LEFT: This extra-long oxford Boyfriend Shirt pairs perfectly with skinny pants or jeans. I have the same style in linen, and it’s constantly in rotation. $175, Ann Mashburn. RIGHT: I’m a Theory fan. Yeah, I know it’s expensive, but the clothing lasts and the fit doesn’t ever fail. Compare it to Prada, and you’ve got a bargain. This Tenia Cotton Blend Blouse is $245 at Nordstrom.

Danish design brand Ganni tweaks the button-down style with its Scallop Trim Shirt. Verdict: Cute, whether worn tucked in or out. $136, Farfetch.

LEFT: For more of a flirty take on the classic, three-quarter sleeves, neckline and curved hemline add a femme touch to this Cos Stores’ Buttoned Blouse. $89. RIGHT: You can’t beat the price point or the feel and durability of the fabric on Everlane’s Relaxed Poplin Shirt. $55, Everlane.

—Janet Kelly


MyLittleBird often includes links to products we write about. Our editorial choices are made independently; nonetheless, a purchase made through such a link can sometimes result in MyLittleBird receiving a commission on the sale, whether through a retailer, an online store or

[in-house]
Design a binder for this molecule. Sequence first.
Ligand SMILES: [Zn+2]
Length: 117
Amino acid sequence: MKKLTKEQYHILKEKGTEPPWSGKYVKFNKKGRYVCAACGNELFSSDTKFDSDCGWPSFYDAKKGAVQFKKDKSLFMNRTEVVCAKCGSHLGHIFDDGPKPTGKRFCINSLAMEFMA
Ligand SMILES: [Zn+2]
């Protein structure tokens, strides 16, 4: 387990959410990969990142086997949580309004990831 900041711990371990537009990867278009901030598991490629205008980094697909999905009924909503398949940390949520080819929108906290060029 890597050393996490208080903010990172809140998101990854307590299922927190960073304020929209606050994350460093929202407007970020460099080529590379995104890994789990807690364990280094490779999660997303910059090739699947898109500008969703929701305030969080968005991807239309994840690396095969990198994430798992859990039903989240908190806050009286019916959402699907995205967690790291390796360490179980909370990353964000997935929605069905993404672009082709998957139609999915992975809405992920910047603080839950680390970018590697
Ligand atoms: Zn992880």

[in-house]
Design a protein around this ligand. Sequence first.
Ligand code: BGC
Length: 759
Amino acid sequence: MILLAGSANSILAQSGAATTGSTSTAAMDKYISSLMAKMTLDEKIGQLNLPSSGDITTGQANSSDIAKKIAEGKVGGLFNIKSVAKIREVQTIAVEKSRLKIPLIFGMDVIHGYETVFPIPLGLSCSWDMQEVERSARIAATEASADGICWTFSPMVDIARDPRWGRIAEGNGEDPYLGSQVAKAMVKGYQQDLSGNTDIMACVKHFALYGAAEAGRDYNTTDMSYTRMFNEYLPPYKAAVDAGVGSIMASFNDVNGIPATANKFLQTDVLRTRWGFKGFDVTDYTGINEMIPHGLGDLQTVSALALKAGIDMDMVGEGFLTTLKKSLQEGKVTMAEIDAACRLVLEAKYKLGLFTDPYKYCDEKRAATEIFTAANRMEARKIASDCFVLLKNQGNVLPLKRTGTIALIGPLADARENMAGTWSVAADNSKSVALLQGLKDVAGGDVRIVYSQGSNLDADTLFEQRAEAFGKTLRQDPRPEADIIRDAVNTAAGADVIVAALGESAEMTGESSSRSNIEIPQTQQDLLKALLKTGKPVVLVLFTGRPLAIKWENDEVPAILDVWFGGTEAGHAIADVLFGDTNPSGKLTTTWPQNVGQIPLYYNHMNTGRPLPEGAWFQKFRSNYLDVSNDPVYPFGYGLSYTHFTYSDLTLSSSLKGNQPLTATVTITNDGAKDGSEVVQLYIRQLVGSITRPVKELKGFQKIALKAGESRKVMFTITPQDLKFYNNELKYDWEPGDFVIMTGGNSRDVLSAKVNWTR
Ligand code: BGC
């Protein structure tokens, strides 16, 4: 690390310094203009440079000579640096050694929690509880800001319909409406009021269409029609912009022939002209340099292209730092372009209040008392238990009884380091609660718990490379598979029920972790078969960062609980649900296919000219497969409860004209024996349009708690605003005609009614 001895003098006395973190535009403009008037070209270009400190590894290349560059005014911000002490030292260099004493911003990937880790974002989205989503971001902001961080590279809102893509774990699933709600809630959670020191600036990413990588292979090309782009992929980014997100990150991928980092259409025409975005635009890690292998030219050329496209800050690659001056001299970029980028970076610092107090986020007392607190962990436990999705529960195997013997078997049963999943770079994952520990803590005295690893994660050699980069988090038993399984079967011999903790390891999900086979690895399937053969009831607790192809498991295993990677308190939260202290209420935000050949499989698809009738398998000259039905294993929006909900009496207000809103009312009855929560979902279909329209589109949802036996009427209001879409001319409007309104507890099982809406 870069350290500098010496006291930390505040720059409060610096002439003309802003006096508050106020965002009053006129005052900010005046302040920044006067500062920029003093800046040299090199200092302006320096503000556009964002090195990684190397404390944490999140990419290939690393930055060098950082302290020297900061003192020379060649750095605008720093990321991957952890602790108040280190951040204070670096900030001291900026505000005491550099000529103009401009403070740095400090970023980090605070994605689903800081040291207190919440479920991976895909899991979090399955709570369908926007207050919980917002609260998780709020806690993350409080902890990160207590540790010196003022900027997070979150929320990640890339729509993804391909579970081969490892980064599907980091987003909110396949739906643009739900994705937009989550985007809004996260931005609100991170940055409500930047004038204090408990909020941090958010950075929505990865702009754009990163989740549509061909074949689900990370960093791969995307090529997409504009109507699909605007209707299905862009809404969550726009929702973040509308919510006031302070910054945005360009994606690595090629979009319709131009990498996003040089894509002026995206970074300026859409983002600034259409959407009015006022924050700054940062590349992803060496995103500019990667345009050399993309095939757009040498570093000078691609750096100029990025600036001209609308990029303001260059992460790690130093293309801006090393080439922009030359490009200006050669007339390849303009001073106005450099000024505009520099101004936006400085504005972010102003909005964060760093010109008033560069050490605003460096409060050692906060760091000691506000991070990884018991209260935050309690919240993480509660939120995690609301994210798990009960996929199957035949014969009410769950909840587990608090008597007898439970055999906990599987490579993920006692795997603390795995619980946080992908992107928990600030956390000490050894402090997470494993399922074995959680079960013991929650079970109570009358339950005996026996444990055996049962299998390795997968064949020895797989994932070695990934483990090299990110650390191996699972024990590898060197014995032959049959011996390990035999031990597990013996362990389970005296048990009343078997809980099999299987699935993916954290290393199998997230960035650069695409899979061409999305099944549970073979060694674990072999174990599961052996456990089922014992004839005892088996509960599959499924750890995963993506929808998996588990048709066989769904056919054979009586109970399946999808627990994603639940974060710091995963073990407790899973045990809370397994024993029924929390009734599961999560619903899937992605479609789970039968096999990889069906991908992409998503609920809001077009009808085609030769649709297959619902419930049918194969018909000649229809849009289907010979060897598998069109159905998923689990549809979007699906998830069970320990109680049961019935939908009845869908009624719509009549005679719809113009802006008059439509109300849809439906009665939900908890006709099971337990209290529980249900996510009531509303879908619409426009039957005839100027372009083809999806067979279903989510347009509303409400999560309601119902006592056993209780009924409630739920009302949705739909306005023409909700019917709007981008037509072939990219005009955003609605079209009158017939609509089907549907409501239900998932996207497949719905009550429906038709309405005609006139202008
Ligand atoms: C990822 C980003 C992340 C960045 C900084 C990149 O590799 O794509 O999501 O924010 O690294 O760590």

One thought on “Keeping White Shirts White

  1. Ann M says:

    So interesting. I have a new white blouse with a bit of stretch that I wore just a few times last winter. Washed it by hand in a basin with cool water and mild detergent, hung to dry, then pressed for a crisp look. Pulled it out to wear recently and it’s no longer bright white. I suspect the heat of an iron can do the same as tossing it in the dryer.